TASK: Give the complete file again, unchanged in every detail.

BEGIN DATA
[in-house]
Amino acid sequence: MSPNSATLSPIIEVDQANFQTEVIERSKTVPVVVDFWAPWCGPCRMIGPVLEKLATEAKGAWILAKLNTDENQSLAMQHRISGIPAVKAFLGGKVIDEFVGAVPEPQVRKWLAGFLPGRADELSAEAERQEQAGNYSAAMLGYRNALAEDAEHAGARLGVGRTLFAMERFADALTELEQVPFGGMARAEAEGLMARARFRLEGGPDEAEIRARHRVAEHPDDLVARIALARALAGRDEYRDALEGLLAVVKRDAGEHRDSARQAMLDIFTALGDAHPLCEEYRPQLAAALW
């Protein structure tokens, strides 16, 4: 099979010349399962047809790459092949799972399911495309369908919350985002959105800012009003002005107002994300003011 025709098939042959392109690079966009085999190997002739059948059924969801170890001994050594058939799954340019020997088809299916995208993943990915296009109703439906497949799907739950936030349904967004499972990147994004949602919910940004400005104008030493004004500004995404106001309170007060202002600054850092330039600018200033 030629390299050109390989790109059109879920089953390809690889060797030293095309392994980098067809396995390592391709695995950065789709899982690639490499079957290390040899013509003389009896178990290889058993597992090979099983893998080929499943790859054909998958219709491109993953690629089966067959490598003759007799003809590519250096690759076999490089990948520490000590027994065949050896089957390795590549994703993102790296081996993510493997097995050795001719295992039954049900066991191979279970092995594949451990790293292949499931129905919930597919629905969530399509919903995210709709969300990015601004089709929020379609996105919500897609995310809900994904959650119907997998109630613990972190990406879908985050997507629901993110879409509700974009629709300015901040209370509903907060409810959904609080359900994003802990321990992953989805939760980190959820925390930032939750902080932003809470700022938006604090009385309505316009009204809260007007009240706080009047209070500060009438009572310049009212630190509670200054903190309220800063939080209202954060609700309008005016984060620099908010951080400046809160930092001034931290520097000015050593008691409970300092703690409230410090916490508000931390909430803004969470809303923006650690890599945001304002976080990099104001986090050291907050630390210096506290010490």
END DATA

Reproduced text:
[in-house]
Amino acid sequence: MSPNSATLSPIIEVDQANFQTEVIERSKTVPVVVDFWAPWCGPCRMIGPVLEKLATEAKGAWILAKLNTDENQSLAMQHRISGIPAVKAFLGGKVIDEFVGAVPEPQVRKWLAGFLPGRADELSAEAERQEQAGNYSAAMLGYRNALAEDAEHAGARLGVGRTLFAMERFADALTELEQVPFGGMARAEAEGLMARARFRLEGGPDEAEIRARHRVAEHPDDLVARIALARALAGRDEYRDALEGLLAVVKRDAGEHRDSARQAMLDIFTALGDAHPLCEEYRPQLAAALW
């Protein structure tokens, strides 16, 4: 099979010349399962047809790459092949799972399911495309369908919350985002959105800012009003002005107002994300003011 025709098939042959392109690079966009085999190997002739059948059924969801170890001994050594058939799954340019020997088809299916995208993943990915296009109703439906497949799907739950936030349904967004499972990147994004949602919910940004400005104008030493004004500004995404106001309170007060202002600054850092330039600018200033 030629390299050109390989790109059109879920089953390809690889060797030293095309392994980098067809396995390592391709695995950065789709899982690639490499079957290390040899013509003389009896178990290889058993597992090979099983893998080929499943790859054909998958219709491109993953690629089966067959490598003759007799003809590519250096690759076999490089990948520490000590027994065949050896089957390795590549994703993102790296081996993510493997097995050795001719295992039954049900066991191979279970092995594949451990790293292949499931129905919930597919629905969530399509919903995210709709969300990015601004089709929020379609996105919500897609995310809900994904959650119907997998109630613990972190990406879908985050997507629901993110879409509700974009629709300015901040209370509903907060409810959904609080359900994003802990321990992953989805939760980190959820925390930032939750902080932003809470700022938006604090009385309505316009009204809260007007009240706080009047209070500060009438009572310049009212630190509670200054903190309220800063939080209202954060609700309008005016984060620099908010951080400046809160930092001034931290520097000015050593008691409970300092703690409230410090916490508000931390909430803004969470809303923006650690890599945001304002976080990099104001986090050291907050630390210096506290010490």